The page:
As every architect knows, freedom and structure are not contradictions. Likewise, strategic planning should be an exercise in free thought and creativity, within boundaries. It doesn’t help anyone if the planners wander about like Seneca’s lost ship without a destination and a date on which they’ll reach port.
Each of the committees engaged in a particular area of strategic planning need to operate with a template. You can’t have the committee on research produce a concise, practical, on-point report while the one on teaching meanders over 100 pages of philosophizing. Hence the need for word-count limits.
Perhaps most important, a strategic plan — to be at all achievable — must have a limited number of priorities and prescribed actions. They can vary wildly, depending on the size of the unit and the breadth of its mission. But there must be a ceiling on the number of ideas put forth. A plan with a bloated to-do list is doomed to failure.
Can you really afford what you’re proposing? You’ve probably seen the famous New Yorker cartoon that shows a scientist facing a blackboard full of mathematical equations, and in the middle it reads: "THEN A MIRACLE OCCURS." A similar, overly optimistic delusion fells many a strategic plan: "We will renovate and modernize the library and pay for it out of increased enrollment revenue." Great. So, what’s your plan for increasing enrollment revenue? And what happens if that miracle does not occur?
Ideally every goal in the plan should include an itemization of the resources required to make it happen.
Strategic planning can be an exercise in proverbially thinking outside the box, discussing dreams and hopes as well as hard choices and stark realities. But you should never plan to do something that you cannot possibly pull off. Committees need to make sure that their goals are plausible. They should include the "how" of each proposal: How will it be paid for? Who will staff it? What other tangibles (facilities, for example) will be needed?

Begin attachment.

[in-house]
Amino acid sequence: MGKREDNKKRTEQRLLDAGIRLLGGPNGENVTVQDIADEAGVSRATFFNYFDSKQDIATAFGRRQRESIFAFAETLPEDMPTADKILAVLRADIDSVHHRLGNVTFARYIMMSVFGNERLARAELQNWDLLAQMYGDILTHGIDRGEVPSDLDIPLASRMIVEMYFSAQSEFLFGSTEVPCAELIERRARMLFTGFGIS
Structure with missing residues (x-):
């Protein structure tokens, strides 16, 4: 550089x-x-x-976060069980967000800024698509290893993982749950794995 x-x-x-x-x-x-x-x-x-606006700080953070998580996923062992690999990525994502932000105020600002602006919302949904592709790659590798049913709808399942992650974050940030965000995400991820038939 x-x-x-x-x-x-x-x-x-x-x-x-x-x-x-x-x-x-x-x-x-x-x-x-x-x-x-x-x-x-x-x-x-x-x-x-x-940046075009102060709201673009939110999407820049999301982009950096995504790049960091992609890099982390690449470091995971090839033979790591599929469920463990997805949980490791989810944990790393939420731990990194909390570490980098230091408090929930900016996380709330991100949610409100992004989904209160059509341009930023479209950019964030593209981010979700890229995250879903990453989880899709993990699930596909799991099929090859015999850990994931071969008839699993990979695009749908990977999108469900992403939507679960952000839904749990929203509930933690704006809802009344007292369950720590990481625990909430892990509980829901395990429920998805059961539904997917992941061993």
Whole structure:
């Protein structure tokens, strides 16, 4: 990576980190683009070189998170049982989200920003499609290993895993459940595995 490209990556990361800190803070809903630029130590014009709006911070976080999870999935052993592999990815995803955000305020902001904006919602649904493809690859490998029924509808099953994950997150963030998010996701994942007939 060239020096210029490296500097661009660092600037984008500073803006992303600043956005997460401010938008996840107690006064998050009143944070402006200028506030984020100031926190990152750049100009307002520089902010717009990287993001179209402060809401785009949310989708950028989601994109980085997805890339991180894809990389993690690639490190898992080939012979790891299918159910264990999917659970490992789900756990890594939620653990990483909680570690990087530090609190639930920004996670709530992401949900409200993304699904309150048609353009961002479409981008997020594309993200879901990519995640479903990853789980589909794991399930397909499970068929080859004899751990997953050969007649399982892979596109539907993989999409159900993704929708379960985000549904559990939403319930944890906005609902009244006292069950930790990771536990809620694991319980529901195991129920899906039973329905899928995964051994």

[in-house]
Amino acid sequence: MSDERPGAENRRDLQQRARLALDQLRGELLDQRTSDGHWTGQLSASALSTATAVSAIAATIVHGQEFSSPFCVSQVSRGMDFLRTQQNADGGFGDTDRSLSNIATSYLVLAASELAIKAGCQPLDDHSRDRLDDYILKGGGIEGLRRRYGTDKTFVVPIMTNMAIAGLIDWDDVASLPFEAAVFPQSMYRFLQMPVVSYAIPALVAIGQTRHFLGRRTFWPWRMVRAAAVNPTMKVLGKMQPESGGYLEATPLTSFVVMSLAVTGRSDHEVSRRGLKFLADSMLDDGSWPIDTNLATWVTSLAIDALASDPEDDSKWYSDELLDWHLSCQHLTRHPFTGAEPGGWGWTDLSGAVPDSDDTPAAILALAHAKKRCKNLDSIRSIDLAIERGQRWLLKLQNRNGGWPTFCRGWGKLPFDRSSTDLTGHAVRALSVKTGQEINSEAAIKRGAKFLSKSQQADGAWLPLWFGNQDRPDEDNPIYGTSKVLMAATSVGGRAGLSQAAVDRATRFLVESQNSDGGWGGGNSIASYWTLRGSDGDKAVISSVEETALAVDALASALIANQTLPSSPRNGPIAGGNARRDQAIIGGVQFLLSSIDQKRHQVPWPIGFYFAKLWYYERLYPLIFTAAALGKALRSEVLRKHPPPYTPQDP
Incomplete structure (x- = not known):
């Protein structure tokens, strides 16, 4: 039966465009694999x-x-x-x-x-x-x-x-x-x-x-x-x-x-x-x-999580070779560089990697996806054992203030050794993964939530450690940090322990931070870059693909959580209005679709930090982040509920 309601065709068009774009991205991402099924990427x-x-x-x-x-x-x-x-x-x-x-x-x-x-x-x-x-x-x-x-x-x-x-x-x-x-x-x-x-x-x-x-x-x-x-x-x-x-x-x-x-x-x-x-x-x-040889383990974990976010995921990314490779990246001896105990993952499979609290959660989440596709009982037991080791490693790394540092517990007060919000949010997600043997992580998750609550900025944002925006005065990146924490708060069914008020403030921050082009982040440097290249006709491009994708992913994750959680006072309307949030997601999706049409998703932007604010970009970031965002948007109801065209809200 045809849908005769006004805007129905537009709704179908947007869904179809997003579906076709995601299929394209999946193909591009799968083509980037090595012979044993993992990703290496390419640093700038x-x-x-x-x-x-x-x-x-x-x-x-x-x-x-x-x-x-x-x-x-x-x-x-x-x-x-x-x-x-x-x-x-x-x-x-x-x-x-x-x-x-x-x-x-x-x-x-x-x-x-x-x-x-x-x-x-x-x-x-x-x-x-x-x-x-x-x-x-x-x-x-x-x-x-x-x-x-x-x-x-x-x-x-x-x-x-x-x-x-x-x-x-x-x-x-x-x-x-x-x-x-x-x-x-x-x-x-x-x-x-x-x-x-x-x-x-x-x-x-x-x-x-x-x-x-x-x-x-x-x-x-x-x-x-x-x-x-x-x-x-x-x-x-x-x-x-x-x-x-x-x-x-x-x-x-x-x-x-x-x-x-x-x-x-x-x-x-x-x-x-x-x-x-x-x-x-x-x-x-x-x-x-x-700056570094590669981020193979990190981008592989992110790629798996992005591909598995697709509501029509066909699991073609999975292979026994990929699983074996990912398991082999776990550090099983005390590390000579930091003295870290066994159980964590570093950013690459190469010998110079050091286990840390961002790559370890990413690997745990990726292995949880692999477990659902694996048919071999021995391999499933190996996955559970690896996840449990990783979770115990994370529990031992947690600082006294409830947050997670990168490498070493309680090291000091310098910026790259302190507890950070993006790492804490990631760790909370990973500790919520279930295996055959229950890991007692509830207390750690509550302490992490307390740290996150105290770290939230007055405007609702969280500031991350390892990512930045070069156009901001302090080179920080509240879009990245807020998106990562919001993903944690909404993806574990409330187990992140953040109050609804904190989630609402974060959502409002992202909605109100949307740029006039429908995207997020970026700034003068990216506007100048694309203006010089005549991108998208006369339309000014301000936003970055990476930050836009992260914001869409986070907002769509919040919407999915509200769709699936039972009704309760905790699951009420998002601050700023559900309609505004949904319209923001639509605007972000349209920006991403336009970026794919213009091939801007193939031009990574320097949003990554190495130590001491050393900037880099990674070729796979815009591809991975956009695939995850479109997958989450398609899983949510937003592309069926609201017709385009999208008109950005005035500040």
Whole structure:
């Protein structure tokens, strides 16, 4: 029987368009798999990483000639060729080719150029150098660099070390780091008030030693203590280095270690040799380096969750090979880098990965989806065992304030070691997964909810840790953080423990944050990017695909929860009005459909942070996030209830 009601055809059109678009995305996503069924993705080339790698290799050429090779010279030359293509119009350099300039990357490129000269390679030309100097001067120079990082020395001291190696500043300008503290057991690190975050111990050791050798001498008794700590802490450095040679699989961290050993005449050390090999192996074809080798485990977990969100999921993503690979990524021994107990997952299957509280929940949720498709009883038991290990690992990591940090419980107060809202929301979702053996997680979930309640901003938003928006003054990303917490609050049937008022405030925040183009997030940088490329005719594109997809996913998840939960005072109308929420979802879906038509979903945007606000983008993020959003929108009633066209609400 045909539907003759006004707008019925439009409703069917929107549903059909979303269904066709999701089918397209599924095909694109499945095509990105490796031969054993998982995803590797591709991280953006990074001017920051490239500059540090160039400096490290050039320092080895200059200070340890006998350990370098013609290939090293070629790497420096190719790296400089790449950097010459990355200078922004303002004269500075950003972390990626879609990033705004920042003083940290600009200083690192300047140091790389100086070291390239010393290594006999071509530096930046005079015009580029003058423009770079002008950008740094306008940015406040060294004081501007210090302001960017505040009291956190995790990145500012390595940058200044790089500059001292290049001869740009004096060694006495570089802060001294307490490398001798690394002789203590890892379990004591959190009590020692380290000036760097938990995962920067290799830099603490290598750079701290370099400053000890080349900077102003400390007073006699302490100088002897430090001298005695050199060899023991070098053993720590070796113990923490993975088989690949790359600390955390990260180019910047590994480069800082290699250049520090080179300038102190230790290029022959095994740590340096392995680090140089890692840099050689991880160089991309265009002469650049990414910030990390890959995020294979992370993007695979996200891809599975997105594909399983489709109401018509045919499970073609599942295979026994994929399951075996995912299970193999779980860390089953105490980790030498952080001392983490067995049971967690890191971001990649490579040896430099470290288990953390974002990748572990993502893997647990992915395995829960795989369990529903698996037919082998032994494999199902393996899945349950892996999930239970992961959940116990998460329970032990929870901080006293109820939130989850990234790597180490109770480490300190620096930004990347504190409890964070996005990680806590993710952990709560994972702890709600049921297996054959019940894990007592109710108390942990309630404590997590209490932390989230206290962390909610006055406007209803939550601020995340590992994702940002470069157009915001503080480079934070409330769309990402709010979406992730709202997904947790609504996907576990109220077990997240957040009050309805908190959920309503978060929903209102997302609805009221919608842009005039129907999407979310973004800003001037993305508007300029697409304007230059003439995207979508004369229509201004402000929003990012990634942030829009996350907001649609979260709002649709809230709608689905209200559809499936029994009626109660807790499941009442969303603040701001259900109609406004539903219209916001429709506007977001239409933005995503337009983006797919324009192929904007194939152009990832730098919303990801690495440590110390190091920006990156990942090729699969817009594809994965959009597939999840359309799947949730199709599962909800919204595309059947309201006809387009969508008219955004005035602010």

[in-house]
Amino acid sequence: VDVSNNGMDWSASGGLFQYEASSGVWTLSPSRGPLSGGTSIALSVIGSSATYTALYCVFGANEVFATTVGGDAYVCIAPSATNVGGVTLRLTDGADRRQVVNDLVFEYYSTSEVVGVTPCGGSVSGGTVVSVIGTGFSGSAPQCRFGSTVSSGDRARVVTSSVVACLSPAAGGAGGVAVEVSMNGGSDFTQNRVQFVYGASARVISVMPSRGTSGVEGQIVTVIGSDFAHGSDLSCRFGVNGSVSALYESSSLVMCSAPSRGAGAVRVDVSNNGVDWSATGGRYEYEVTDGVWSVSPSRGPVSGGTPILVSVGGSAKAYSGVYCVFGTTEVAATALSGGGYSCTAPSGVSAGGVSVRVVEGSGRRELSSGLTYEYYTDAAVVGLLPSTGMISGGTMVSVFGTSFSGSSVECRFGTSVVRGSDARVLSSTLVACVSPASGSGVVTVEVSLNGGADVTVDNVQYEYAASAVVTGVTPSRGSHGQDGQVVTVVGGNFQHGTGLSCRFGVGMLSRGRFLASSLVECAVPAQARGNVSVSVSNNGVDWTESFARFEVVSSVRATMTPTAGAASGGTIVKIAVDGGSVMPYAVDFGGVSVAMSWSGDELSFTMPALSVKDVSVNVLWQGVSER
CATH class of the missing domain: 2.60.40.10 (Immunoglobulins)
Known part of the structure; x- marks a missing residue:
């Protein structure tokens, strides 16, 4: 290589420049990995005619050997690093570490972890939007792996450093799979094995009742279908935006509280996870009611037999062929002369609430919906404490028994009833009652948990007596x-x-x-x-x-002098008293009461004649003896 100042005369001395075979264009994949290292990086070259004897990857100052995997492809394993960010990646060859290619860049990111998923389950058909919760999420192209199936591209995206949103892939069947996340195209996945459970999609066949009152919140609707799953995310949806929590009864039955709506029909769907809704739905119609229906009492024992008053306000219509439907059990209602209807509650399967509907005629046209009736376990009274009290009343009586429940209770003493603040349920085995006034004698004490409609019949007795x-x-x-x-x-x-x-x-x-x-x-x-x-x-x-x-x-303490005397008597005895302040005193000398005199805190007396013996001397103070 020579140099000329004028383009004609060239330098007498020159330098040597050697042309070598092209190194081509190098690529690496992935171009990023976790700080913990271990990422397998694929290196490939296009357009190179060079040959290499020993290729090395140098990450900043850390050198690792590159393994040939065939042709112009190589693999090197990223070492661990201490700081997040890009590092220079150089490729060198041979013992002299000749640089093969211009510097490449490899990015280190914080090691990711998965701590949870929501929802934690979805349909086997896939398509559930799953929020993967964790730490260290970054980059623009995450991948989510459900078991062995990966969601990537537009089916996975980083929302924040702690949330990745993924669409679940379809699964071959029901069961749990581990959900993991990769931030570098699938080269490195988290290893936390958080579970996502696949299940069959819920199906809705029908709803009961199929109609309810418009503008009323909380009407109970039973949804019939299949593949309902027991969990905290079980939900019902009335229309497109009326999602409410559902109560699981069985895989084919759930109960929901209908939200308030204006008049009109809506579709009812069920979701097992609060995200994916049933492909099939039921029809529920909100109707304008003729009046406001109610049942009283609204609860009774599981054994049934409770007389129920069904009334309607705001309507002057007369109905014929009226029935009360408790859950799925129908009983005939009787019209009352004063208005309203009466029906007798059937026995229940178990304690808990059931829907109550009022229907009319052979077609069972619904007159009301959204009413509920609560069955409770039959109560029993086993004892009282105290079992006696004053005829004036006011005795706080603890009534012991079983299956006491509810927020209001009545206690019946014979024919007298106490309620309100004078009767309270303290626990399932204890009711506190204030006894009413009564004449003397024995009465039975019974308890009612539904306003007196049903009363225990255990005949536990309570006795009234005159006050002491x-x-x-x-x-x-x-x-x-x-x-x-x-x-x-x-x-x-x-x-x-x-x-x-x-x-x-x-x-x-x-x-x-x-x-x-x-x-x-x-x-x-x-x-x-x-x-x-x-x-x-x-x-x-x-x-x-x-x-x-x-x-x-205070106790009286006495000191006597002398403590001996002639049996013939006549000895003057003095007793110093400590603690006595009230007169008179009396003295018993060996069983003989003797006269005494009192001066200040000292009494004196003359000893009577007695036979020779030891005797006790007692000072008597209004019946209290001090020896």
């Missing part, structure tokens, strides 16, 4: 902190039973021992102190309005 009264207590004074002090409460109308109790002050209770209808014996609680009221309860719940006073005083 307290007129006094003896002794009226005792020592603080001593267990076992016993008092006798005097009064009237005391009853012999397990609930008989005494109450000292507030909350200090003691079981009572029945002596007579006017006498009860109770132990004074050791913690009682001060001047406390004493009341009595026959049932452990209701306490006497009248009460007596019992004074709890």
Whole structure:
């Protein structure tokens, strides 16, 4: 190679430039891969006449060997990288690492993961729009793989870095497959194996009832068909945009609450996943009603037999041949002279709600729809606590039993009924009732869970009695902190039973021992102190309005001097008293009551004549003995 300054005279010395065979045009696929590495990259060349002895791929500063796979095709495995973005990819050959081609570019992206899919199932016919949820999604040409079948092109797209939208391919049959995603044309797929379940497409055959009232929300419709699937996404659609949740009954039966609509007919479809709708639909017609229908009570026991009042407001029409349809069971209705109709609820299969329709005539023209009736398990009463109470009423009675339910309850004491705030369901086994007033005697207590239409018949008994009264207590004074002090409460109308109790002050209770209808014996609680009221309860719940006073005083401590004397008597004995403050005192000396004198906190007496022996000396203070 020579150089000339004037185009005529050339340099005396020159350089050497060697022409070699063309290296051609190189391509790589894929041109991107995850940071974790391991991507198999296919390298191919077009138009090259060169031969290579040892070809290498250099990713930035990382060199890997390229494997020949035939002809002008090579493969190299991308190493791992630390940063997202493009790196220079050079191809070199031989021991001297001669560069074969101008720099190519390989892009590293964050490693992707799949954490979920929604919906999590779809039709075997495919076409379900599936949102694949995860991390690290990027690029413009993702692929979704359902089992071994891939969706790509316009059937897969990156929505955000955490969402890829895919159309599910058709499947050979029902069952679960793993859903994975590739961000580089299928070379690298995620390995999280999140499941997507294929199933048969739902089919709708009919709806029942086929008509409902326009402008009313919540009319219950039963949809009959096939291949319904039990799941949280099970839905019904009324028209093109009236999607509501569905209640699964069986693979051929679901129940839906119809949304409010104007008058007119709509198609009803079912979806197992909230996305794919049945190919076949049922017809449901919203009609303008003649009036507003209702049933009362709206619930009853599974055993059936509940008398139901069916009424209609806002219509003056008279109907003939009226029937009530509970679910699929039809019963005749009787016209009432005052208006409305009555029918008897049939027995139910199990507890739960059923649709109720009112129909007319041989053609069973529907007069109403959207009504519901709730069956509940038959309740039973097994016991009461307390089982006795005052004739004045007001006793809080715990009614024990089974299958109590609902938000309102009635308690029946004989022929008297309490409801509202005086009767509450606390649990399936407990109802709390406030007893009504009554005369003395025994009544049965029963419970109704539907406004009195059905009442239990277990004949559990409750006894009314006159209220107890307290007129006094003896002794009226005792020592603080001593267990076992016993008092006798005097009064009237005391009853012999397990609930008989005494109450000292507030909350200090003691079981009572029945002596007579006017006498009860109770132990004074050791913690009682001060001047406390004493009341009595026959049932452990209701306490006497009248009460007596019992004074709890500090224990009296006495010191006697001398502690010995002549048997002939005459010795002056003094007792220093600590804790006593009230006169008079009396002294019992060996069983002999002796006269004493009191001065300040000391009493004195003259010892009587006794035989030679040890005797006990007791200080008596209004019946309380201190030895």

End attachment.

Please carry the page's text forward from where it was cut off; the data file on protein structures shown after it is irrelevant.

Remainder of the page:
Resolve the contradictions in the final version. Ideally the planning committees will coordinate their work with one another. That’s much easier to achieve in a strategic plan for a department versus a document for the entire university.
Inevitably there will be some discordances, disjunctures, contradictions. A typical one revolves around "allocation of effort" — meaning how much of people’s time it will take to achieve the various goals. We keep loading unfunded mandates and extra duties onto everyone — staff members, professors, administrators — and magically hoping that both the new and the old expectations will be met. So get real about it.
Let’s say your strategic plan calls for faculty members to engage in more "public scholarship" and "community interaction" — common national trends. Those are very laudable, truly altruistic goals but you have just added a new expectation to the faculty allocation of effort. And that raises a host of questions:
- Does a new priority — in this case, public engagement — fall under research, teaching, or service? Or is it now, in practical terms, a fourth area of promotion-and-tenure and post-tenure criteria?
- Will you be reducing their work expectations in any of the other categories to accommodate the new one?
- What support, financial or spatial, will you be providing to uphold this lofty goal?
- Will all faculty members be encouraged to meet the same standard, or can they trade out some of their work commitments in research and teaching to add some in public engagement?
There is no simple algorithm or formula, but that’s the point. If you are going to add something to the campus or to an individual’s portfolio, you have to decide whether it’s just feel-good marketing or you actually anticipate a practical, sustainable outcome.
Plenty of strategic plans are simply exercises in public diplomacy. In other words, no one really expects to achieve all of the goals but everybody feels like they were part of the process. In such cases, inclusivity is more important than outcomes. As a leader you may determine that that’s the right way to go for your particular department or university. But you’re missing out on a valuable opportunity to create goals that your people can get excited about and actually want to achieve.